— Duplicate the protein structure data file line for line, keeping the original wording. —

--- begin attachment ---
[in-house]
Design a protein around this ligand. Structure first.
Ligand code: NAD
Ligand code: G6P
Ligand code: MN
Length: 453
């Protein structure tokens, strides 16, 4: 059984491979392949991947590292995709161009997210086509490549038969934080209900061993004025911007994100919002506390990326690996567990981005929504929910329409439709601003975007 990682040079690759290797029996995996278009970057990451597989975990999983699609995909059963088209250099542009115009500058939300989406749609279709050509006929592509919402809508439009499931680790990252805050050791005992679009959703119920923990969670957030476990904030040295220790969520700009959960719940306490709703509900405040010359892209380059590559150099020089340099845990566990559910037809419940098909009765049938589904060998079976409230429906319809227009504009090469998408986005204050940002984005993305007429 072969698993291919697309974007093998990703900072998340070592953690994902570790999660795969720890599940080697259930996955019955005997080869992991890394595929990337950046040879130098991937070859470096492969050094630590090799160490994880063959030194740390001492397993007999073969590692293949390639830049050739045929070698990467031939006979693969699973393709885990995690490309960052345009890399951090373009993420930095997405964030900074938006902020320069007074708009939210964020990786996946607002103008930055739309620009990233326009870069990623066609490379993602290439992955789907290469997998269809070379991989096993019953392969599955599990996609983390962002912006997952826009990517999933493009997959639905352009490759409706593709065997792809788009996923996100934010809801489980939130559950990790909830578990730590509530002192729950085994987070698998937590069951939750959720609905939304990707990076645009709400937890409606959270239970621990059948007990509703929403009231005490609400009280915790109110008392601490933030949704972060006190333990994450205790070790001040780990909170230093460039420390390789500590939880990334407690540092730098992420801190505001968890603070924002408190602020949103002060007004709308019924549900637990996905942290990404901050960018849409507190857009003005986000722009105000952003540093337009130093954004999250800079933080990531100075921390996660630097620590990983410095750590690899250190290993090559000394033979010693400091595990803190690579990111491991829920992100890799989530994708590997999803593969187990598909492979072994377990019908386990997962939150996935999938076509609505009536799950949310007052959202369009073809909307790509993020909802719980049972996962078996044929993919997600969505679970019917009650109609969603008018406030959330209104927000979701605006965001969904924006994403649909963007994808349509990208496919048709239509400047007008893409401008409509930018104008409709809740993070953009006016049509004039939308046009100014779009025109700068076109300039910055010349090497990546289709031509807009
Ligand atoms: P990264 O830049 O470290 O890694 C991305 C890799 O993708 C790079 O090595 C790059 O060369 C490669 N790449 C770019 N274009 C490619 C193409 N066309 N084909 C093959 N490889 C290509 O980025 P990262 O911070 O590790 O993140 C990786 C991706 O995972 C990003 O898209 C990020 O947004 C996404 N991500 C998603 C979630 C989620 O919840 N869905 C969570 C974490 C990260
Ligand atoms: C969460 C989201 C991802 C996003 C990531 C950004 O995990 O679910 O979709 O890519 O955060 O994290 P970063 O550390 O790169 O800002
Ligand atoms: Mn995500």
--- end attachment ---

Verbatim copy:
[in-house]
Design a protein around this ligand. Structure first.
Ligand code: NAD
Ligand code: G6P
Ligand code: MN
Length: 453
């Protein structure tokens, strides 16, 4: 059984491979392949991947590292995709161009997210086509490549038969934080209900061993004025911007994100919002506390990326690996567990981005929504929910329409439709601003975007 990682040079690759290797029996995996278009970057990451597989975990999983699609995909059963088209250099542009115009500058939300989406749609279709050509006929592509919402809508439009499931680790990252805050050791005992679009959703119920923990969670957030476990904030040295220790969520700009959960719940306490709703509900405040010359892209380059590559150099020089340099845990566990559910037809419940098909009765049938589904060998079976409230429906319809227009504009090469998408986005204050940002984005993305007429 072969698993291919697309974007093998990703900072998340070592953690994902570790999660795969720890599940080697259930996955019955005997080869992991890394595929990337950046040879130098991937070859470096492969050094630590090799160490994880063959030194740390001492397993007999073969590692293949390639830049050739045929070698990467031939006979693969699973393709885990995690490309960052345009890399951090373009993420930095997405964030900074938006902020320069007074708009939210964020990786996946607002103008930055739309620009990233326009870069990623066609490379993602290439992955789907290469997998269809070379991989096993019953392969599955599990996609983390962002912006997952826009990517999933493009997959639905352009490759409706593709065997792809788009996923996100934010809801489980939130559950990790909830578990730590509530002192729950085994987070698998937590069951939750959720609905939304990707990076645009709400937890409606959270239970621990059948007990509703929403009231005490609400009280915790109110008392601490933030949704972060006190333990994450205790070790001040780990909170230093460039420390390789500590939880990334407690540092730098992420801190505001968890603070924002408190602020949103002060007004709308019924549900637990996905942290990404901050960018849409507190857009003005986000722009105000952003540093337009130093954004999250800079933080990531100075921390996660630097620590990983410095750590690899250190290993090559000394033979010693400091595990803190690579990111491991829920992100890799989530994708590997999803593969187990598909492979072994377990019908386990997962939150996935999938076509609505009536799950949310007052959202369009073809909307790509993020909802719980049972996962078996044929993919997600969505679970019917009650109609969603008018406030959330209104927000979701605006965001969904924006994403649909963007994808349509990208496919048709239509400047007008893409401008409509930018104008409709809740993070953009006016049509004039939308046009100014779009025109700068076109300039910055010349090497990546289709031509807009
Ligand atoms: P990264 O830049 O470290 O890694 C991305 C890799 O993708 C790079 O090595 C790059 O060369 C490669 N790449 C770019 N274009 C490619 C193409 N066309 N084909 C093959 N490889 C290509 O980025 P990262 O911070 O590790 O993140 C990786 C991706 O995972 C990003 O898209 C990020 O947004 C996404 N991500 C998603 C979630 C989620 O919840 N869905 C969570 C974490 C990260
Ligand atoms: C969460 C989201 C991802 C996003 C990531 C950004 O995990 O679910 O979709 O890519 O955060 O994290 P970063 O550390 O790169 O800002
Ligand atoms: Mn995500």